"It's a strain, especially during these economic times," said Lawler. "People are pulling out everything to try to pay their bills. But they understand. This community's always been willing to pay for clean water."
To date, 170 water systems in the state have found PFAS levels over the legal limit. Almost all have found ways to mitigate the PFAS contamination, either by adding filters, finding a new water supply, or blending the polluted water with another source.
When contamination can be traced to a polluting factory or military base, towns have sometimes been able to recoup some of the cleanup costs. In Hudson, for instance, a manufacturing company that polluted drinking water supplies paid for PFAS filters and bottled water. But the costs of PFAS cleanup proved so high that the town still had to raise water rates multiple times, including, most recently, a 16% rate hike in 2022.
And in some cases, the towns themselves polluted the water, so the costs land back on the taxpayers. In Stow, for instance, an old fire station property has contaminated a handful of private wells with PFAS. So far, the town has spent half a million dollars on bottled water, testing and filters for affected homes. But Stow Town Administrator Denise Dembkoski is concerned the costs of PFAS in her town will keep climbing.
"If they say we have to remediate that site, I couldn't even guess what that would cost," Dembkoski said. "And we have some huge ticket items here in town, including a bridge. We have a dam that has to be replaced. We're about to embark on a new library project. So we'll go through the process and see what the costs are."
Soon, the costs of PFAS cleanup in Massachusetts will likely rise.
The Environmental Protection Agency currently does not regulate PFAS in drinking water, but is expected to announce draft regulations in March. The agency has signaled the levels will be very low. Last June, the EPA issued nonbinding health advisories for two PFAS chemicals — PFOA and PFOS — setting thresholds to near zero.
If the EPA sets national regulations that low, it will likely force Massachusetts to enact stricter regulations here. That means communities across the state that thought they were in the clear will suddenly have PFAS levels above the legal limit.
"If EPA is going to lower that threshold, then you're talking pretty much every city or town in the country is going to have PFAS readings," said Dembkoski. "The costs are just astronomical."
"If EPA is going to lower that threshold, then you're talking pretty much every city or town in the country is going to have PFAS readings. The costs are just astronomical."
Even Littleton, with its brand-new plant, may not be out of the woods. Littleton's water department has a smaller water supply connected to its own treatment plant on the other side of town. The PFAS levels in that water are around 10 parts per trillion, below the state limit. But if the regulations get stricter, that plant will likely need PFAS filters, too.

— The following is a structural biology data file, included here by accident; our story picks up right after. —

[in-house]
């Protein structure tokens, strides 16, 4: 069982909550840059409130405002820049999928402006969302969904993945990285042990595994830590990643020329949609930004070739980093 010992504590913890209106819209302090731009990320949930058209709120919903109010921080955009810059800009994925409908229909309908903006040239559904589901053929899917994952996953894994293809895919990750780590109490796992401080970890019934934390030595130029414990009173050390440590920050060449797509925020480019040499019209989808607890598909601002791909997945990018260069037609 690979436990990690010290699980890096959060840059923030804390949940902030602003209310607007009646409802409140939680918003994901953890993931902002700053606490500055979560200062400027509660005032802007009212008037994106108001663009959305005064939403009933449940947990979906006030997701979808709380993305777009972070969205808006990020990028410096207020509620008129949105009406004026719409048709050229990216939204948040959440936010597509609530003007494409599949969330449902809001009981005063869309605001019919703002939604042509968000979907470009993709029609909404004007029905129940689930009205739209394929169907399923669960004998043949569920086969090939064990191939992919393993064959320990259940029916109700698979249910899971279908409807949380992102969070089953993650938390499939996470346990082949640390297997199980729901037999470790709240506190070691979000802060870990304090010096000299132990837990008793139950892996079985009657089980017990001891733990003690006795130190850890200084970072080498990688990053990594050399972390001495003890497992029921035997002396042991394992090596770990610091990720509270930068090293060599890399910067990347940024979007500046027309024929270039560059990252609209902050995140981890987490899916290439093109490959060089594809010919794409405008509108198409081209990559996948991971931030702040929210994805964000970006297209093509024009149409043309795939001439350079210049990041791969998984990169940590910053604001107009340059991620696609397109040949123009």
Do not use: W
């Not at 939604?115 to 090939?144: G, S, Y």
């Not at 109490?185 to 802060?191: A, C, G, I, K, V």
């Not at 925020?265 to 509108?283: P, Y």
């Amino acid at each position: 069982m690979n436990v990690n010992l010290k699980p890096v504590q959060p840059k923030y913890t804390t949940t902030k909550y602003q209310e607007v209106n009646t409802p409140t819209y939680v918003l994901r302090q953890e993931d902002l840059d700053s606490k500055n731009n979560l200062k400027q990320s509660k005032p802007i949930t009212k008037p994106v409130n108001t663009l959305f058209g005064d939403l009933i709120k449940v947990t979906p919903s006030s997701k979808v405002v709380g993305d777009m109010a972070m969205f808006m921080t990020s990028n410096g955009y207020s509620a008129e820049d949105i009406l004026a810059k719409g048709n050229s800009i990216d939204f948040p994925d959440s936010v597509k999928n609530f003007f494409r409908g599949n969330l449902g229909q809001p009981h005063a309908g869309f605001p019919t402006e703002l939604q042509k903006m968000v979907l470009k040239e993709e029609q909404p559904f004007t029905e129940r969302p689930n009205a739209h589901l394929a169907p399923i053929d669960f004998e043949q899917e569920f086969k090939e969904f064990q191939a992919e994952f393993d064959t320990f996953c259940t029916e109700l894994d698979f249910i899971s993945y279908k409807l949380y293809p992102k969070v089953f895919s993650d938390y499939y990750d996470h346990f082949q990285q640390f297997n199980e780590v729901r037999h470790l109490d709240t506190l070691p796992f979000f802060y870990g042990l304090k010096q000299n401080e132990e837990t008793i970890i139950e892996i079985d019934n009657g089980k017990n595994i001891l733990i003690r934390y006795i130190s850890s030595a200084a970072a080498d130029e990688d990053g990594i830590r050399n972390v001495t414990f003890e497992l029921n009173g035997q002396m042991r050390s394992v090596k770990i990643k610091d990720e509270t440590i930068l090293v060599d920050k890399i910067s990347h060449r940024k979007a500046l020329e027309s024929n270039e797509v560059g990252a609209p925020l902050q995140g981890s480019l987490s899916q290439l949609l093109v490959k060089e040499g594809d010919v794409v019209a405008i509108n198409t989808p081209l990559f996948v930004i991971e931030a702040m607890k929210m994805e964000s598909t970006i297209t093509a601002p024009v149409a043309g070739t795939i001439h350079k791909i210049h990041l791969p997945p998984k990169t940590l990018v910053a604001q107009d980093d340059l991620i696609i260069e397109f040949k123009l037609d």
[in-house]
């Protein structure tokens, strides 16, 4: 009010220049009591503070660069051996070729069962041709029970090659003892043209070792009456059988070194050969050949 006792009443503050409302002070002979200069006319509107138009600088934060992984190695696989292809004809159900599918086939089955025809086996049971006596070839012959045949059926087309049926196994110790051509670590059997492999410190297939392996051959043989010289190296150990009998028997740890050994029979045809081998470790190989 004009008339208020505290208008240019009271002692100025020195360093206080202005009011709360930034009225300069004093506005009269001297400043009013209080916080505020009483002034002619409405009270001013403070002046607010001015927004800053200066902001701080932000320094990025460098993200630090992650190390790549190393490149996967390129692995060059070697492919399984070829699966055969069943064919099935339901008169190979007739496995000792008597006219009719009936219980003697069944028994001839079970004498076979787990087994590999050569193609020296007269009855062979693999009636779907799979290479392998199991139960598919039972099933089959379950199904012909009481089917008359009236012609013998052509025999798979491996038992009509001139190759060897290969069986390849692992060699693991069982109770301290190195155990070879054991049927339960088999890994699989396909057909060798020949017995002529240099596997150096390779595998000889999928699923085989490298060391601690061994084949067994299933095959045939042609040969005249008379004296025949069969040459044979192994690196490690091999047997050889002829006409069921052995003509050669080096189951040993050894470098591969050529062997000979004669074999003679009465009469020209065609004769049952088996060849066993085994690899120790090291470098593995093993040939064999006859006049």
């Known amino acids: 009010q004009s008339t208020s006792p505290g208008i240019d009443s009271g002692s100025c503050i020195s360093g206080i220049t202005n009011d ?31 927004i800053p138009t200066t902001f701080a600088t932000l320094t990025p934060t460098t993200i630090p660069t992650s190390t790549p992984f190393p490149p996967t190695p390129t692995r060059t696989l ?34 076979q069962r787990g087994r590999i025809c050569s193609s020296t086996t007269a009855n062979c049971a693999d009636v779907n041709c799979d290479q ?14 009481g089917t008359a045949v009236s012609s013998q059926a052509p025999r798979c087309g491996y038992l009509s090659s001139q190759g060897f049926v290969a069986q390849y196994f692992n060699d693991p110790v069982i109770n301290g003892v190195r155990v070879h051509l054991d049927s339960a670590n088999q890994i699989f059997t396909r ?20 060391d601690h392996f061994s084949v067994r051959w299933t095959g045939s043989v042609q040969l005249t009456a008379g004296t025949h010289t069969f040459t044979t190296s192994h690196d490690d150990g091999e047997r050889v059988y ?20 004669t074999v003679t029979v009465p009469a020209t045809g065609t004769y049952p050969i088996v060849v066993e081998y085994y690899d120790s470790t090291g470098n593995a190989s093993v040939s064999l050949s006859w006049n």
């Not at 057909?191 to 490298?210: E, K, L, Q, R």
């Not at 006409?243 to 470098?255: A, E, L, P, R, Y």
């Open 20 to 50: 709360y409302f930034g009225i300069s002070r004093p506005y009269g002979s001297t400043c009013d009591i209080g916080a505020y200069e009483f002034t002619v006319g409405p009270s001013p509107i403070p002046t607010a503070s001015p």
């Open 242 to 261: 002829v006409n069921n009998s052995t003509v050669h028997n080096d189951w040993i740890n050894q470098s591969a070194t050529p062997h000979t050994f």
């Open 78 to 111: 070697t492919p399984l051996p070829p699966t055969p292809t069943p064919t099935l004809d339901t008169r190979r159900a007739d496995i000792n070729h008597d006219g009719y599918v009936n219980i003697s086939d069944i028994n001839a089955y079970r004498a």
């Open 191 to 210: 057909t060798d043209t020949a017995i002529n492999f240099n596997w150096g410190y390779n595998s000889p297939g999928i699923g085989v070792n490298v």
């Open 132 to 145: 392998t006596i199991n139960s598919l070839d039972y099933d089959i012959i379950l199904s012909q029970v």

"Every community is going to have some sort PFAS filtration soon," Lawler said.
The state has already allocated $170 million to PFAS cleanup, and the federal government recently announced it will give Massachusetts $38 million to address emerging contaminants, like PFAS, in drinking water. The state Legislature has proposed creating a new PFAS trust fund, and last year, then-Attorney General Maura Healey sued manufacturers of firefighting foam containing PFAS on behalf of the state. Healey said at the time that she was looking for a settlement “in the millions.”
But it's doubtful that even millions of dollars will be enough to clean up water pollution this widespread, and in the end, the cost of safe water will be borne by residents.
"Every community is going to have some sort PFAS filtration soon."
And there's another wrinkle, as water industry advocate Jennifer Pederson pointed out: cleaning up drinking water alone won't solve the state's PFAS problem. Drinking water accounts for only part of the general public's PFAS exposure — state scientists assume it's about 20%. That means 80% of the PFAS in humans likely comes from other unregulated (or barely regulated) sources, like food, packaging and consumer products.
"This has to be more of an education on where you're getting all of this exposure," Pederson said. "Because we are spending a lot of money to address drinking water."
Many experts say the best solution is to severely restrict the manufacturers' use of PFAS overall. Boston University toxicologist Wendy Heiger-Bernays said maybe the water-cleanup sticker shock will prod the government into action, and perhaps even prevent the next toxic chemical from making it into drinking water.
"I'm hopeful that it's going to result in stricter regulation, and preventing the use of chemicals that have not been adequately tested," Heiger-Bernays said. Then, she laughed. "I'm a dreamer. What can I say?"
This segment aired on February 14, 2023.
Barbara Moran Twitter Correspondent, Climate and Environment Barbara Moran is a correspondent on WBUR’s environmental team.